In other words, it was true that Trump at one point told his supporters to "peacefully and patriotically" leave the pro-Trump event at Ellipse Park — which is directly south of the White House and a roughly 20-minute walk from the Capitol — and go to the Capitol to try to convince members of Congress to delay a constitutional vote affirming then-President-elect Joe Biden's 2020 election win.

Those were not his only directions to the crowd, however. In the same speech, he also used the following phrases while encouraging people to head to the Capitol and protest his election loss, according to the transcript and video of the speech:

  • "We will stop the steal."
  • "We will not let them silence your voices."
  • "You have to show strength, and you have to be strong."
  • "We have come to demand that Congress do the right thing."
  • "We're going to try and give [lawmakers] the kind of pride and boldness that they need to take back our country."
  • "We're going to have to fight much harder."
  • "We fight like hell, and if you don't fight like hell, you're not going to have a country anymore."

It's a subjective call as to whether those comments were meant to condone violence and crimes — the opposite of telling people to march "peacefully and patriotically" — on the part of right-wing extremists without explicitly encouraging it.

Next, to investigate the claim that Democrats omitted any reference to Trump's "peacefully and patriotically" remark during the alleged video displayed on the first day of the impeachment trial, we sought access to the video compilation that Democratic House impeachment managers (a group of nine lawmakers appointed by House Speaker Nancy Pelosi) presented in the Senate chamber as part of their opening presentations on Feb. 9, via CSPAN and The Guardian.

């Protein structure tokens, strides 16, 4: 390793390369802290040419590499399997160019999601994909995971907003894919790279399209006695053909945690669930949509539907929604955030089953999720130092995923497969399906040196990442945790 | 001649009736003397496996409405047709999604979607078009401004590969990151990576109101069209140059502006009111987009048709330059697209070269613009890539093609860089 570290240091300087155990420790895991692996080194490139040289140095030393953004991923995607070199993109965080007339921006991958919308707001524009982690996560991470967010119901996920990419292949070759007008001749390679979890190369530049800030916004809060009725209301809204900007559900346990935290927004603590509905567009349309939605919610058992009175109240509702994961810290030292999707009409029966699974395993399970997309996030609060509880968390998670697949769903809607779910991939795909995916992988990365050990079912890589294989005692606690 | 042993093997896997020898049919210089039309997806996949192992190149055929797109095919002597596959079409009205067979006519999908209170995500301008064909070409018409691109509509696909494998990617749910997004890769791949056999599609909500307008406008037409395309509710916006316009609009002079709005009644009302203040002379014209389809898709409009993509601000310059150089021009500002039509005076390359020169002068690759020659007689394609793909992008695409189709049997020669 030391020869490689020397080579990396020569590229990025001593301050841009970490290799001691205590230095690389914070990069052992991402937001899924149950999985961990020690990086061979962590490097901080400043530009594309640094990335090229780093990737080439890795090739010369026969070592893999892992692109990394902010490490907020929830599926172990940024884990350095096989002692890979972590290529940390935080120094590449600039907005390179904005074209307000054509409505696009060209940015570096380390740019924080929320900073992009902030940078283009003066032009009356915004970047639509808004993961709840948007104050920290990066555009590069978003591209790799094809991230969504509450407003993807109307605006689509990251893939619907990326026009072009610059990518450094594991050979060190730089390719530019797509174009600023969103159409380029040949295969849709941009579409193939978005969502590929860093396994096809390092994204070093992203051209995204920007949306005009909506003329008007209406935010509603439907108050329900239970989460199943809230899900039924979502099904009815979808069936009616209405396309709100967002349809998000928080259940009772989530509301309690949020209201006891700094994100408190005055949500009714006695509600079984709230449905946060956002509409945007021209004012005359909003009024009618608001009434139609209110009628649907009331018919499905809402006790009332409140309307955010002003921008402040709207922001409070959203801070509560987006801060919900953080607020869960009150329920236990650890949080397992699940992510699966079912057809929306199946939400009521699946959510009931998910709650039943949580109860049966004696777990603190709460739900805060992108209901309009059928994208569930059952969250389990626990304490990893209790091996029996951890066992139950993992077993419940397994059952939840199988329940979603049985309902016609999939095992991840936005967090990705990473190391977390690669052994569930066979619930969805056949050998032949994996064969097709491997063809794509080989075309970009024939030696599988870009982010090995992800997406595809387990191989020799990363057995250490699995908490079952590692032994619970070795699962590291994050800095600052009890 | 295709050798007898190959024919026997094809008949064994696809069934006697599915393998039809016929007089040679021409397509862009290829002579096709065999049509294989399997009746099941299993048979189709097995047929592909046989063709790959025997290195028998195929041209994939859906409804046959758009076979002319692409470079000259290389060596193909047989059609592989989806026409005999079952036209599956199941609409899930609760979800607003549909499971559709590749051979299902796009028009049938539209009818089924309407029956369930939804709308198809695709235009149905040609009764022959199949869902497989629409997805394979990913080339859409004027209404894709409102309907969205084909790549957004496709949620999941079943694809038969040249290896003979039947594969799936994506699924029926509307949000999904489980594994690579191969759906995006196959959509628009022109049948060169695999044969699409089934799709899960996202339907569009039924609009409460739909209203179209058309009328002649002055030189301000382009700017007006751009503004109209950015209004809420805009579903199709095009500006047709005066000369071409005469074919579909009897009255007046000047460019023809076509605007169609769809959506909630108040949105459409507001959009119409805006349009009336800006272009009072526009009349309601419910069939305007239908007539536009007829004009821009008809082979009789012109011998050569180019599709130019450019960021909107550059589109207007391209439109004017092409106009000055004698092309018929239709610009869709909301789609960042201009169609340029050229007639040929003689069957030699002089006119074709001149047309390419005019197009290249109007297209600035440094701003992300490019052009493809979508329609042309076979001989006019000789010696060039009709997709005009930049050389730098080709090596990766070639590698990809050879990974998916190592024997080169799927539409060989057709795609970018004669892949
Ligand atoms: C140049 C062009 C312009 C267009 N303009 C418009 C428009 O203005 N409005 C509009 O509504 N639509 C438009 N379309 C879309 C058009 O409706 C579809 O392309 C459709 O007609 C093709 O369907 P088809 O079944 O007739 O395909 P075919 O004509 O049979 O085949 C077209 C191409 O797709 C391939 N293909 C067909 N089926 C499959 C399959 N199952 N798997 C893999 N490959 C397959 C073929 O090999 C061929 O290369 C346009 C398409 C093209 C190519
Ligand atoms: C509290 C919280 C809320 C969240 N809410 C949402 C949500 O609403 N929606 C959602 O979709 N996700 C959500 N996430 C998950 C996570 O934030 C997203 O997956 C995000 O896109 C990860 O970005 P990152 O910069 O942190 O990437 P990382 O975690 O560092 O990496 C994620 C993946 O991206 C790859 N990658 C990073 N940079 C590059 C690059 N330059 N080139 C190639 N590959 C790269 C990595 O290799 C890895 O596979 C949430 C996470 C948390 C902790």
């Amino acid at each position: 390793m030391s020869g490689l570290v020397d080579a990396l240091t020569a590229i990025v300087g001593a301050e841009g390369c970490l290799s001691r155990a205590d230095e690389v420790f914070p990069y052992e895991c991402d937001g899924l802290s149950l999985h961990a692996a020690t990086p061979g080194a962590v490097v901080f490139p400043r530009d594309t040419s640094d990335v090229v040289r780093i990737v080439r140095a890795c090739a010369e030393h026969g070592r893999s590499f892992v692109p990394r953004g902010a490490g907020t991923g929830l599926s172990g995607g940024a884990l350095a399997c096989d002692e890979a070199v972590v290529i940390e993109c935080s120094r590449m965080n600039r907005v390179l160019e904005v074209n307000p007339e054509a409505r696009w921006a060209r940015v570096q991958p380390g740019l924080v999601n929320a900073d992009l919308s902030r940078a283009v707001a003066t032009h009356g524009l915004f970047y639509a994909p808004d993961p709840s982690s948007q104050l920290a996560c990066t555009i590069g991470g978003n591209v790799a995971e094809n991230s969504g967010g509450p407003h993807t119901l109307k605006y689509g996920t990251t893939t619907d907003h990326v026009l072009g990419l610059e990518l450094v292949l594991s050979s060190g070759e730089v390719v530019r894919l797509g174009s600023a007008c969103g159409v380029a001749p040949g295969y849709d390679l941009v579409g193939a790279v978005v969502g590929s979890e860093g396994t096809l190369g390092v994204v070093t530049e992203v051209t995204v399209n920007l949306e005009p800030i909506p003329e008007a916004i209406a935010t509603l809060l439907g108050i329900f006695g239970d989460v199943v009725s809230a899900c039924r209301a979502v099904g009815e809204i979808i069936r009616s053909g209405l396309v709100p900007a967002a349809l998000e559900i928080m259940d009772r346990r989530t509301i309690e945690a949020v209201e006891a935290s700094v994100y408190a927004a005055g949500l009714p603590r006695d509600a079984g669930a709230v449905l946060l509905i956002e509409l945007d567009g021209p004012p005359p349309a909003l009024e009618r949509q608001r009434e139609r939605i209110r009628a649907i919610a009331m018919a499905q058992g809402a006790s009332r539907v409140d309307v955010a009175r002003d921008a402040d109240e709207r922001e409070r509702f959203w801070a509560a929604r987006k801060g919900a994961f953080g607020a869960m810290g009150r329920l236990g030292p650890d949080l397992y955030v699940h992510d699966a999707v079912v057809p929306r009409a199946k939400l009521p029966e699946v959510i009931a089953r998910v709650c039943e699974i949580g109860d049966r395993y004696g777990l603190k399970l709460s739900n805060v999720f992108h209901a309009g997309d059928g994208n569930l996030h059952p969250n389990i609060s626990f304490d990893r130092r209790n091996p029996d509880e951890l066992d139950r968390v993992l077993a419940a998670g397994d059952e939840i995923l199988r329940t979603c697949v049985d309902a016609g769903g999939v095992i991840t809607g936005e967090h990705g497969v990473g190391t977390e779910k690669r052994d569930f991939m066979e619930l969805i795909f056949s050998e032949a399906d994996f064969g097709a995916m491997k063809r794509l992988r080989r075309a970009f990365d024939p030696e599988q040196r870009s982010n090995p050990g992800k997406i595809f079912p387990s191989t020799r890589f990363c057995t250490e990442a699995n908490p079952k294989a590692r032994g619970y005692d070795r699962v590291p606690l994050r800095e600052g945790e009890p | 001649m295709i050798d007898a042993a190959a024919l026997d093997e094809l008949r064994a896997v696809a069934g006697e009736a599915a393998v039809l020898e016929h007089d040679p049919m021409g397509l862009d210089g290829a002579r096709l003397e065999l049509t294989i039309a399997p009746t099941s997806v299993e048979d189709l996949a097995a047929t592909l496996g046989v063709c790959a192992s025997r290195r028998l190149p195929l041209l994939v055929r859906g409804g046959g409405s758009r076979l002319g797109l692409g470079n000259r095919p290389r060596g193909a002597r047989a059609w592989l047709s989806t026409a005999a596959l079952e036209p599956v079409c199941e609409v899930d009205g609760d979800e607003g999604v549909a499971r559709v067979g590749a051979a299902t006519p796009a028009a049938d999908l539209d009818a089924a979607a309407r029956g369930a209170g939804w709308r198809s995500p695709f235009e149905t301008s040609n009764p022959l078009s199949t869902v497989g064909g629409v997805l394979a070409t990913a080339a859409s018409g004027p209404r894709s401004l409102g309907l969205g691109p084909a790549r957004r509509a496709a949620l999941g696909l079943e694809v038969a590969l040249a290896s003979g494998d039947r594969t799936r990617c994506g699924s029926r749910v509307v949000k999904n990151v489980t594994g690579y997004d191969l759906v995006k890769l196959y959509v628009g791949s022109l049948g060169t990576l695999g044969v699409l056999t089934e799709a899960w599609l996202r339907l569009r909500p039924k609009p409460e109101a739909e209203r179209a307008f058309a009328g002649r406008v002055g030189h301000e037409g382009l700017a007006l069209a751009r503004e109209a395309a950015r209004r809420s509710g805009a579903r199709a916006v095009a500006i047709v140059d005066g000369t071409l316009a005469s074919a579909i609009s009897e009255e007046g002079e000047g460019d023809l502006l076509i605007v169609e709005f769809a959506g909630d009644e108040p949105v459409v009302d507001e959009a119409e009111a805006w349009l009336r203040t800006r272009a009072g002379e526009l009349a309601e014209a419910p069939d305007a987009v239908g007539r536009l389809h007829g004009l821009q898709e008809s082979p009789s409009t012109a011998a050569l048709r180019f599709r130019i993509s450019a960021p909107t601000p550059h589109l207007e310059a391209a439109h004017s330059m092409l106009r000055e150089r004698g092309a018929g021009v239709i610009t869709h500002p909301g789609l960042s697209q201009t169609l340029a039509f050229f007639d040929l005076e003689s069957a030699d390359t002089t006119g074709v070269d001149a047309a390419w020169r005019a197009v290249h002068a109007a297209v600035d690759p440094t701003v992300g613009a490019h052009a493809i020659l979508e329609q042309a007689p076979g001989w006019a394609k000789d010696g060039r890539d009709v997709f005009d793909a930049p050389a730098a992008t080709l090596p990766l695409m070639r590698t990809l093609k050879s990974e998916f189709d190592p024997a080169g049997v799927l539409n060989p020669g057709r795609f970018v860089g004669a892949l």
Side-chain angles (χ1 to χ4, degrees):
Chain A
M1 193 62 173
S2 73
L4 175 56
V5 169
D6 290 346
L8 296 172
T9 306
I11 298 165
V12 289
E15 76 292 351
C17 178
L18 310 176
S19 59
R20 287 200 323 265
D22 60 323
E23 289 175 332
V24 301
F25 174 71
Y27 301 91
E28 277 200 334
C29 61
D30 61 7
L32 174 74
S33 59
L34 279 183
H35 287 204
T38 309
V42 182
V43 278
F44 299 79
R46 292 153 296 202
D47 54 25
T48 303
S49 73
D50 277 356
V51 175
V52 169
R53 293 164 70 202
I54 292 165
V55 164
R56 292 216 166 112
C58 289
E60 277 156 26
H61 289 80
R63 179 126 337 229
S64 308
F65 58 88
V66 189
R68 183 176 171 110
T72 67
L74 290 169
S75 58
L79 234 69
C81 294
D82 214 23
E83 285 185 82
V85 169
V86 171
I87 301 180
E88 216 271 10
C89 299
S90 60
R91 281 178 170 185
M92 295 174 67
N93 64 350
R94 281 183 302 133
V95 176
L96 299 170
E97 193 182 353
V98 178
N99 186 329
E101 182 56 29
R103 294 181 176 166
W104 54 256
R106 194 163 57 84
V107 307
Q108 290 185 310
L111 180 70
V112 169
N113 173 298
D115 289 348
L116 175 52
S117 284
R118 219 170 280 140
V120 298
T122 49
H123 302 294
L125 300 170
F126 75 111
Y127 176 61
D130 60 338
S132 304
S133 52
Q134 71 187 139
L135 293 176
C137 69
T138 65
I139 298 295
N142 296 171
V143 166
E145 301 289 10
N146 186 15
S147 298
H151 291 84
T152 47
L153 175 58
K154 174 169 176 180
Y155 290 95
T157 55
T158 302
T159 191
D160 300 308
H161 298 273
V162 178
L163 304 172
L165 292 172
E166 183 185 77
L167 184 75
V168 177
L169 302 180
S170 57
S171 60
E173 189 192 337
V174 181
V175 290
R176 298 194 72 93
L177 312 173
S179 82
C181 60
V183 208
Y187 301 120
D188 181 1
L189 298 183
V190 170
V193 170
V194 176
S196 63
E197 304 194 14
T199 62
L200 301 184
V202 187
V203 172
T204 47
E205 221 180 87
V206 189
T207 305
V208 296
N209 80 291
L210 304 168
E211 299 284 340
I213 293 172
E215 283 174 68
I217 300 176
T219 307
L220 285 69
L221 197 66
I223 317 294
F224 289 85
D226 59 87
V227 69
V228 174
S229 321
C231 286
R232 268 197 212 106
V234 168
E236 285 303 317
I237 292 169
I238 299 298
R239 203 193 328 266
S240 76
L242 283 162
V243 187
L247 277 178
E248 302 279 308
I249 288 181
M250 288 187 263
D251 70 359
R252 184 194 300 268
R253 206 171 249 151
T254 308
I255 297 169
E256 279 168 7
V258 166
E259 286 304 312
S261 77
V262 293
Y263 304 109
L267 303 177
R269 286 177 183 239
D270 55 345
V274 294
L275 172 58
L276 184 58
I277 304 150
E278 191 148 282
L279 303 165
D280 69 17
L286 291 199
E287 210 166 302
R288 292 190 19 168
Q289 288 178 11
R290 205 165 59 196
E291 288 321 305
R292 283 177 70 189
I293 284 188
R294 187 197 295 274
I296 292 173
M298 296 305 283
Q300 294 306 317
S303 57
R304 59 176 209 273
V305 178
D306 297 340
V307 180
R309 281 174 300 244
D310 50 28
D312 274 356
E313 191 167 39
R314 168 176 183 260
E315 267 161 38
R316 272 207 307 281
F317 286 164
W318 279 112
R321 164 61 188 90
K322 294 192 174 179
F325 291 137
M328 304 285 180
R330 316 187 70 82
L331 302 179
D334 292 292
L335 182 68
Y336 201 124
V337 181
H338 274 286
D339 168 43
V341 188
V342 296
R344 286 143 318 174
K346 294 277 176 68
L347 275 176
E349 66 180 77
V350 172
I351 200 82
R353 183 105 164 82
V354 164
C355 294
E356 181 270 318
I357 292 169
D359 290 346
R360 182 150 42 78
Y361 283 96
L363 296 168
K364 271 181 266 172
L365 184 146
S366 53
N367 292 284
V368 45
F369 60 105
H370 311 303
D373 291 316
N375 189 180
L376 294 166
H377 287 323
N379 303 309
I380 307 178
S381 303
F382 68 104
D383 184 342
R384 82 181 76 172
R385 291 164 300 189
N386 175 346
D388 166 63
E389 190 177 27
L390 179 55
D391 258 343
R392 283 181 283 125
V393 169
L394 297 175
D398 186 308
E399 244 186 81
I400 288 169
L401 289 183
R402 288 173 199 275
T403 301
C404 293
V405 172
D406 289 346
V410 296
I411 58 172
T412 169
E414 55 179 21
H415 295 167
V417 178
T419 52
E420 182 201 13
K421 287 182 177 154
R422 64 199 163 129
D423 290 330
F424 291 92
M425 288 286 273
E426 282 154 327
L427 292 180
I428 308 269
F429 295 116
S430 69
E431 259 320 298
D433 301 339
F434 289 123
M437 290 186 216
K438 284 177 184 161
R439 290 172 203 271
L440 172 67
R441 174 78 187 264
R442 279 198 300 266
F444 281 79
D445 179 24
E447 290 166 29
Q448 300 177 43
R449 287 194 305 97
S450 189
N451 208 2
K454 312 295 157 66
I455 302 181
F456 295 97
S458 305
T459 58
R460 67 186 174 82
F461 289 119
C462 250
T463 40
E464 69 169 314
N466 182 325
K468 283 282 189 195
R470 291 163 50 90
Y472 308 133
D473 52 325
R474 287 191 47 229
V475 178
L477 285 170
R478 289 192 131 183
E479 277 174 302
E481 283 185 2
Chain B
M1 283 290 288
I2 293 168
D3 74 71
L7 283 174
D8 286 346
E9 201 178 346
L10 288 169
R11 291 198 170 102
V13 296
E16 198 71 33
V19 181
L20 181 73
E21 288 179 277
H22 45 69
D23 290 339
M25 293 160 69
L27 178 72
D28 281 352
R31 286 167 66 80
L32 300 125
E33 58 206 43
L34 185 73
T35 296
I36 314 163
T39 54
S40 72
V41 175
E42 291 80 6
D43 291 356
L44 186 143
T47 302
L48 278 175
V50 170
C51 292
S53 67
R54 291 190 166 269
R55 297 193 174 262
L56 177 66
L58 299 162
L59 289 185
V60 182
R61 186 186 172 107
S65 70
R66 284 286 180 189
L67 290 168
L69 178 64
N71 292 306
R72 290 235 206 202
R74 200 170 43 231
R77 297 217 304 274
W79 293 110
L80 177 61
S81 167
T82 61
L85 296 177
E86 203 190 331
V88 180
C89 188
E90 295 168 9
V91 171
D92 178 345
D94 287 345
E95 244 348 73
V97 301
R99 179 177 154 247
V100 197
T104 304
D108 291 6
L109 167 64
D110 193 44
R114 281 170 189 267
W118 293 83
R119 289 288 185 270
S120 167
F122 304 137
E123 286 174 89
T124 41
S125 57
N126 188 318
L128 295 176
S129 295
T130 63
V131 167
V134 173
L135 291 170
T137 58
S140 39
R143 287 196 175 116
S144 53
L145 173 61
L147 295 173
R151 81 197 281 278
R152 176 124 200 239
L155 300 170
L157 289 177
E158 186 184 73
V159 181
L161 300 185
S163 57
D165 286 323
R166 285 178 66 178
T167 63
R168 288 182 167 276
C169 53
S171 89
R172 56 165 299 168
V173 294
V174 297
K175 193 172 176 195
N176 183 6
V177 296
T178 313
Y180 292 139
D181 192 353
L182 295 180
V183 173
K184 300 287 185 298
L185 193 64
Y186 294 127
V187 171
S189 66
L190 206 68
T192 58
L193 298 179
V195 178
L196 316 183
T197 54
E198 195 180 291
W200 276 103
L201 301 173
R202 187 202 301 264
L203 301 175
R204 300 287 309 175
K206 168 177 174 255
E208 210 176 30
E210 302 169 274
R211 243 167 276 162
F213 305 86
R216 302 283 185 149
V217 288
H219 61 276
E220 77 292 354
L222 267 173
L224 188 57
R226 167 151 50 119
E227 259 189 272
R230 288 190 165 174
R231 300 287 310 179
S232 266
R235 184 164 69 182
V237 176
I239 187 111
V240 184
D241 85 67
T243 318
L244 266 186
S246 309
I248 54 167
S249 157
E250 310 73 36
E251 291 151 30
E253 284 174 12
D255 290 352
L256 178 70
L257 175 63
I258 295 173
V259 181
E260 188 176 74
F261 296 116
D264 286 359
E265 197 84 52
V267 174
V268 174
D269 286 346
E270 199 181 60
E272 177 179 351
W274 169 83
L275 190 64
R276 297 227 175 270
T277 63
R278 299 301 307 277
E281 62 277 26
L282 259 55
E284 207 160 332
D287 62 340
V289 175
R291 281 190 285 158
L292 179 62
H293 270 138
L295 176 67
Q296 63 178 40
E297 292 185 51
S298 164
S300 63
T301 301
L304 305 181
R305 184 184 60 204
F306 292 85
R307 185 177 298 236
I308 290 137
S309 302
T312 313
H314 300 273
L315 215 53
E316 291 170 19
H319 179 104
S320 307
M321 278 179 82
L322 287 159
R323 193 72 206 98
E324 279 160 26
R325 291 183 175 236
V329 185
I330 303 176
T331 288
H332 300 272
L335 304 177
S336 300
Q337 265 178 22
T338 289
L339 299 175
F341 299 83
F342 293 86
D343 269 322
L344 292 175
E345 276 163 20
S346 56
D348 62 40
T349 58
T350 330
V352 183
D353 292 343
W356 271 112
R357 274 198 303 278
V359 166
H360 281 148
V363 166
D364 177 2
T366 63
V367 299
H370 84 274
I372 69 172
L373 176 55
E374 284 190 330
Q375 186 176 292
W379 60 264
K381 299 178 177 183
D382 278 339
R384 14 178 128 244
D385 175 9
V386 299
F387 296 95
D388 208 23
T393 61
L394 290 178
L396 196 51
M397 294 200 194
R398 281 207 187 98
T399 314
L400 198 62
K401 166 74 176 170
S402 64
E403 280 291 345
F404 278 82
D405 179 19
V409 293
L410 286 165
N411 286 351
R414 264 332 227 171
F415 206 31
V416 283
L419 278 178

Based on our scene-by-scene review of that roughly 13-minute video, Jordan's allegation in the Facebook post was true: It did not include this authentic quote from the president at Ellipse Park: "peacefully and patriotically make your votes heard today."

The video montage did, however, include a portion of a video Trump posted to social media during the riot, in which he did not condemn the mob nor back down from his weeks-long misinformation campaign about the 2020 election, but rather told them to "go home in peace."

Person, Human, Flag

Let us note here: As the trial continued into its second day, Democratic impeachment managers did acknowledge Trump's more peaceable remarks, while attempting to remind viewers of the larger context. On Feb. 10, around 3:30 p.m. (EST) (hours after Meadows' tweet), Rep. Madeleine Dean, a Democrat from Pennsylvania and impeachment manager, confirmed that Trump told supporters to "peacefully and patriotically" protest on Jan. 6, and played footage of that moment on the Senate floor.

"One of President Trump's key defenses focus on what he said for a few seconds, 15 minutes into the speech," she said, and then played the clip, according to C-SPAN footage. "In a speech spanning almost 11,000 words — yes, we did check — that was the one time, the only time, president Trump used the word 'peaceful' or any suggestion of nonviolence."

Jessica Lee is Snopes' Senior Assignments Editor with expertise in investigative storytelling, media literacy advocacy and digital audience engagement.